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2024-25 SCARF project summaries

Five projects were awarded funding in 2024-25 from a total budget of $60,000. Descriptions of approved projects are provided below.

Monitoring and Protection of Athabasca Denesųłiné Nuhenéné and Etthën (caribou) using Denesųłiné Traditional Protocols

Project lead: Athabasca Denesųłiné Néné Land Corporation

Species at risk focus: Barren-ground caribou

The Athabasca Denesųłiné Né Né Land Corporation is developing a program to monitor caribou harvest in the southern NWT to ensure harvesters are following traditional protocols. This has been identified as a top priority by the three Athabasca Denesųłiné First Nations through the development of a caribou relationship plan. From January to March 2025, six monitors will go out on the land where caribou are being harvested. They will take note of any wastage or disrespectful harvest practices. Monitors will also provide harvesters with information on traditional protocols and respectful harvesting and field processing of caribou. Field observations will be used to develop strategic education and awareness programs, and to shape the land monitoring program so it is adaptively managed and improved for the following year. This project is expected to reduce wastage and overharvest, increase awareness of traditional protocols, and provide communities and organizations with information they need to protect caribou and caribou habitat for the long term.

Community-led Species at Risk Detection: eDNA Sampling in Traditionally Important Water Bodies of the North Slave Region

Project lead: North Slave Métis Alliance

Species at risk focus: Various

The goal of this project is to identify species at risk at culturally important sites within NSMA traditional territory by combining western science methodologies with local and traditional knowledge of those species and sites. NSMA has now completed five years of its eDNA project, which has expanded to include other non-invasive monitoring techniques using audio (ARU) and visual (wildlife camera) recordings. Activities in 2024-2025 will include: further eDNA sampling, with a focus on identifying wetland sites at Old Fort Rae that could host amphibians; further ARU and wildlife camera monitoring to inform site management and conservation; and invertebrate sampling (malaise and pitfall traps). Findings will help to inform NSMA’s guardianship program.

Collared Pika Education and Awareness Project

Project lead: Ecology North

Species at risk focus: Collared pika

The goal of this project is to promote the collared pika and its status as a species at risk in Canada. In particular, the project will focus on developing educational resources to increase awareness of the risks the species is facing, ongoing recovery efforts, and the role of collared pika within NWT ecosystems. This project will also highlight the impacts of changing precipitation patterns on collared pika habitat.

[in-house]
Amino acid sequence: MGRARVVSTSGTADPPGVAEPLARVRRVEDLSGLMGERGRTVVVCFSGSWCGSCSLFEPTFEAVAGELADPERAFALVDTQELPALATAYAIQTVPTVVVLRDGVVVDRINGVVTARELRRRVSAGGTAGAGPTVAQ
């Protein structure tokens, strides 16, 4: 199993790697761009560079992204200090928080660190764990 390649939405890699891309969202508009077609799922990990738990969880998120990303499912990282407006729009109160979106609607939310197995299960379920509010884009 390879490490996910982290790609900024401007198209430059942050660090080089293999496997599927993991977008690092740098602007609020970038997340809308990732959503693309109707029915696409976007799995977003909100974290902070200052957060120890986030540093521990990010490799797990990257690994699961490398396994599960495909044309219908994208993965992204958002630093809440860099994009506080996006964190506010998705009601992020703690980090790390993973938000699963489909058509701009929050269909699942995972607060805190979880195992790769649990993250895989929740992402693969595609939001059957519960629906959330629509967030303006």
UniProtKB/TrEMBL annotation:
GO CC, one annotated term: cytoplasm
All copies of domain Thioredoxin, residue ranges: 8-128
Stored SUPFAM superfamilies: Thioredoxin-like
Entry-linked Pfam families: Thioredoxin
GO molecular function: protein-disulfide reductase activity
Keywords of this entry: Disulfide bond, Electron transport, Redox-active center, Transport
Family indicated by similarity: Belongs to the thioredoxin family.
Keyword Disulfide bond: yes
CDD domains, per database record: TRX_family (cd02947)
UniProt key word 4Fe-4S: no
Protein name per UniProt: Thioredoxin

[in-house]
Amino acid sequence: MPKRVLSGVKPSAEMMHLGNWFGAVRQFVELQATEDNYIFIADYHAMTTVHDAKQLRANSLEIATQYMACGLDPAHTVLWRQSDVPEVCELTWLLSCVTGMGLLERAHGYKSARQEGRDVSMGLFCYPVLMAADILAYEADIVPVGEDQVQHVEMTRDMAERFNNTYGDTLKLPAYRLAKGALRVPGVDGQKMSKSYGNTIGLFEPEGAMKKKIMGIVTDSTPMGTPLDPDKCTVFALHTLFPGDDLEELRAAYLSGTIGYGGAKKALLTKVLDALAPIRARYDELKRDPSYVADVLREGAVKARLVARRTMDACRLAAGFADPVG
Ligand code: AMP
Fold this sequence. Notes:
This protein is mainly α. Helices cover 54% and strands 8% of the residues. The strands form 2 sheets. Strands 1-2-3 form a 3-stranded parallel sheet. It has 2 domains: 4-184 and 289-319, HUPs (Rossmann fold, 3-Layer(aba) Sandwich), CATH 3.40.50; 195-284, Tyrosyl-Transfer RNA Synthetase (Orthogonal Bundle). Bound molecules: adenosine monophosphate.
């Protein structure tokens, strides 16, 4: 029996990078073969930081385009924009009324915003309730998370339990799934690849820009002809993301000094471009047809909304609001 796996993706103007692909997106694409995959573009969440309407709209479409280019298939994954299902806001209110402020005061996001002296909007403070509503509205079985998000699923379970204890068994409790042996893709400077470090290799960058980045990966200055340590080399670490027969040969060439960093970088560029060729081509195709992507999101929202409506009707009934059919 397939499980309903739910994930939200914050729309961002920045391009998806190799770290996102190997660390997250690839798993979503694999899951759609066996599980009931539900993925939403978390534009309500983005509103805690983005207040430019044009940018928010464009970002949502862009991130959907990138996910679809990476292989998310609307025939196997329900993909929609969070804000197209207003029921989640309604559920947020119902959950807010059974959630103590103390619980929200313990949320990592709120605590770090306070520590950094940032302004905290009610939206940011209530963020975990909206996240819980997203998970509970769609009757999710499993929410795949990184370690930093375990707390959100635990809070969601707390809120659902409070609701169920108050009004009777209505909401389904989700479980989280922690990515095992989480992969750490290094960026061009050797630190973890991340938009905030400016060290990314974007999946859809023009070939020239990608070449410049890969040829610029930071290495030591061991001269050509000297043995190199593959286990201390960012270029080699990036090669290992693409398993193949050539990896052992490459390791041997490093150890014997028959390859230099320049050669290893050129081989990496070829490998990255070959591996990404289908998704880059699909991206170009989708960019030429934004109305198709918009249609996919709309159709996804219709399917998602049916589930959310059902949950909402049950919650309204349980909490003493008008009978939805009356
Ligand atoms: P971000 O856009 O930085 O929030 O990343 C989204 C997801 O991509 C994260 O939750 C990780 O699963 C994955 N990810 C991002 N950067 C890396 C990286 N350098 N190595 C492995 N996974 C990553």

Post-fire status of reptiles and amphibians in the NWT

Project lead: Thompson Rivers University

Species at risk focus: Red-sided garter snake, northern leopard frog, western toad

Reptiles and amphibians are important predators in terrestrial, semi-aquatic, and aquatic environments and act as prey to many other wildlife species. However, neither group has been well-studied in the NWT and many knowledge gaps exist respecting abundance, life history, ecology, and vulnerability/response to threats. In this context, the goals of this project are to document and assess persistence at previously recorded sites of occurrence; update abundance estimates or indices of abundance; gather information on sex ratio, age class, condition, and health; and increase understanding of the fire ecology of these species (i.e. vulnerability and response to wildfires). Activities in 2024-2025 will include: field measurements (sex, weight, length, DNA), PIT tagging, and radio tracking up to twelve individual snakes with small transmitters.

Northern Whooping Crane Festival

Project lead: Fort Smith Métis Council

Species at risk focus: Whooping crane and various

This inaugural festival aims to advance the conservation and recovery of several NWT species at risk by raising awareness of species at risk in the South Slave region, including whooping crane, wood bison, bats (northern myotis and little brown myotis), amphibians and boreal caribou. The festival will include presentations related to research and recovery projects for these species, as well as opportunities for residents to learn how they can get involved. A key element of this event will be engaging Indigenous communities; several local Indigenous governments and local knowledge holders are involved in the festival, and a panel discussion is being planned to focus on the merits of creating Indigenous Protected and Conserved Areas (IPCAs) in key areas to support the conservation of species at risk. The festival is an opportunity to strengthen the relationships among wildlife managers and IGIOs in the South Slave to continue working together to plan for future species at risk outreach and conservation activities.